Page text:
It should not come to a surprise that no one has ever revealed this nugget until now. I only discovered it after walking 144 holes at Pinehurst on Monday, for the first of my four Hundred Hole Hikes. Pinehurst has been around for over 100 years, but certainly no one had ever walked 144 holes before at the resort. That put me in a unique Vasco da Gama-esque position to drop this little known gem on the golf community. Consider your mind blown.

You see, after 72 holes of the mental and physical toll that must come from winning a US Open (not speaking from personal experience), how does one explain that modified, single-leg warrior pose that Stewart managed pulled off? That now timeless stance has endured, because of the stage, the setting, and the spontaneity of it all. People had never seen anything quite like it.

But was it really spur of the moment? After 144 holes at  Pinehurst, I can't help but wonder if he practiced it in front of a mirror on a yoga mat for months, waiting for just the right moment to spring it on the world.

I was fortunate enough to bookend my 8-round journey Monday with rounds on the famed No. 2 course, Donald Ross's gem that is making history by hosting US Open's for the men and women next year in back-to-back weeks. That's 144 holes of professionals (and a handful of amateurs) struggling to make par. Combined with the 144 holes at the resort, what better way to commemorate their first day "on the clock" as Open host with 144 holes of a very amateur golfer really struggling to make par?

Obviously, that meant my 144th and final hole would end on the 18th green of No. 2, site of one of the most memorable moments in golf history. Everybody who knows me knew exactly what that meant. There was no way I was not going to strike that pose. Nothing to it. Right?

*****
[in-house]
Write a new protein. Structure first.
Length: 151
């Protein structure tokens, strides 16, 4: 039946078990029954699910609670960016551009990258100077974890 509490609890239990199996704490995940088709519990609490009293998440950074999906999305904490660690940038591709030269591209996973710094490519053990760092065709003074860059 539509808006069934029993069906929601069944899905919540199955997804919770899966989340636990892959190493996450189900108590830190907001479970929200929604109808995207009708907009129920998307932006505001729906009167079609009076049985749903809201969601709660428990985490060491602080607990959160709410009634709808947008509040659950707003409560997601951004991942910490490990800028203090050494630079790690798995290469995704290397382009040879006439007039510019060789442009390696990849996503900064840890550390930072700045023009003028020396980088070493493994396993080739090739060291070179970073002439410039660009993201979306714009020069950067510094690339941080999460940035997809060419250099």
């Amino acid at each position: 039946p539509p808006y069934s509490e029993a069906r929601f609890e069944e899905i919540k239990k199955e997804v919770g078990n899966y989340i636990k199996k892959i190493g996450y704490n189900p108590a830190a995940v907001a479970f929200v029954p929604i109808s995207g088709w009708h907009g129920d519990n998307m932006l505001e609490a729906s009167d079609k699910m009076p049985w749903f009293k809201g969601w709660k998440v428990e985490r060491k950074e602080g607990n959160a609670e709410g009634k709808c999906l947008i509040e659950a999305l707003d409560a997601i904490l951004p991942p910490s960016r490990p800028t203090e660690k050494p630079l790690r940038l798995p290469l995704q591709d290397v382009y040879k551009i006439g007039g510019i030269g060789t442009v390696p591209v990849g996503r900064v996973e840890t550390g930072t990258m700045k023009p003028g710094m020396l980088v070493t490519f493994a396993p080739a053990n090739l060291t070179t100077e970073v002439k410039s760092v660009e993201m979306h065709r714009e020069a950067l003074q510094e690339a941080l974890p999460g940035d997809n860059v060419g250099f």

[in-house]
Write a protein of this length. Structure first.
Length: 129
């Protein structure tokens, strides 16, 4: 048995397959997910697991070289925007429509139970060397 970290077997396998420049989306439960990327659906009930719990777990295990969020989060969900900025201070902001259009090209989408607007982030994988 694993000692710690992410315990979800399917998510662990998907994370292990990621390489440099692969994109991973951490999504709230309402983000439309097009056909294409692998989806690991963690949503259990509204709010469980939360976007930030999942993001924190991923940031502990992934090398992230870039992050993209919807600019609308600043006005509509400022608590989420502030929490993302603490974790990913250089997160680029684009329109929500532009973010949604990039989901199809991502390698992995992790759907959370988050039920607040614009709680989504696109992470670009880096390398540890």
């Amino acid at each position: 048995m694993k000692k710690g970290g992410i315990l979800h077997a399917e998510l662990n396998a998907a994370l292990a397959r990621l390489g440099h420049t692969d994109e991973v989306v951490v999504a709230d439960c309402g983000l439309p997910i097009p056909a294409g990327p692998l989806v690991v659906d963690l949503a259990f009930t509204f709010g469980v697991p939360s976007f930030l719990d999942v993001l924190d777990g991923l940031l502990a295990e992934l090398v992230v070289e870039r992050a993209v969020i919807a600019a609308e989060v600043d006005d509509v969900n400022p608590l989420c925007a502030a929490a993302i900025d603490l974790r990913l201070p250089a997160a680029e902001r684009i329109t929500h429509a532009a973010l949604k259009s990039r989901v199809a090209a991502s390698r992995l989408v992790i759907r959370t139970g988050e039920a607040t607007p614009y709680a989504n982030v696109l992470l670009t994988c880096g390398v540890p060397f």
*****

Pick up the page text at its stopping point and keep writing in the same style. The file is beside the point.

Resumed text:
After hitting my approach shot on the 18th to just off the back left corner of the green, a mediocre putt left me about 15 feet below the hole. Here was my Payne Stewart opportunity, minus the plus-fours and the roomy sleeveless rain jacket (the resort would make a mint if they sold these in the pro shop). I made a confident stroke, the ball curling right towards the hole for an assured par. I started lifting one leg in the air...what a way to finish the day! Then the ball lipped out. Violently.

Yes, I then proceeded to miss the three-footer coming back, amidst the groans of my two caddies, one newspaper reporter, Executive Vice President of the resort Tom Pashley (and from what i could gather, a guy who might have the best job on earth) and famed writer and Pinehurst local James Dodson. Mercifully, I made the next tap-in putt to complete a not-very stellar 85. The moment was effectively lost, but the guys were ready with cameras for the pose regardless. I planted on one leg, lifted my right arm with putter forward, raised my left leg as high as it would go (probably 6-9 inches off the ground at most). Almost immediately, my right foot gave way to the weight of 40+ miles of walking and 195-pounds of flab, and I fell over. Unlike Payne, I don't think they'll memorialize this on the Walk of Fame anytime soon.


I was determined to get it right though. A second attempt was no better than the first. Finally, I mustered up enough energy to stay upright for the 2.5 seconds it took to snap this picture.


It wasn't pretty. But it got the job done. And that pretty much summed up my golf for the day.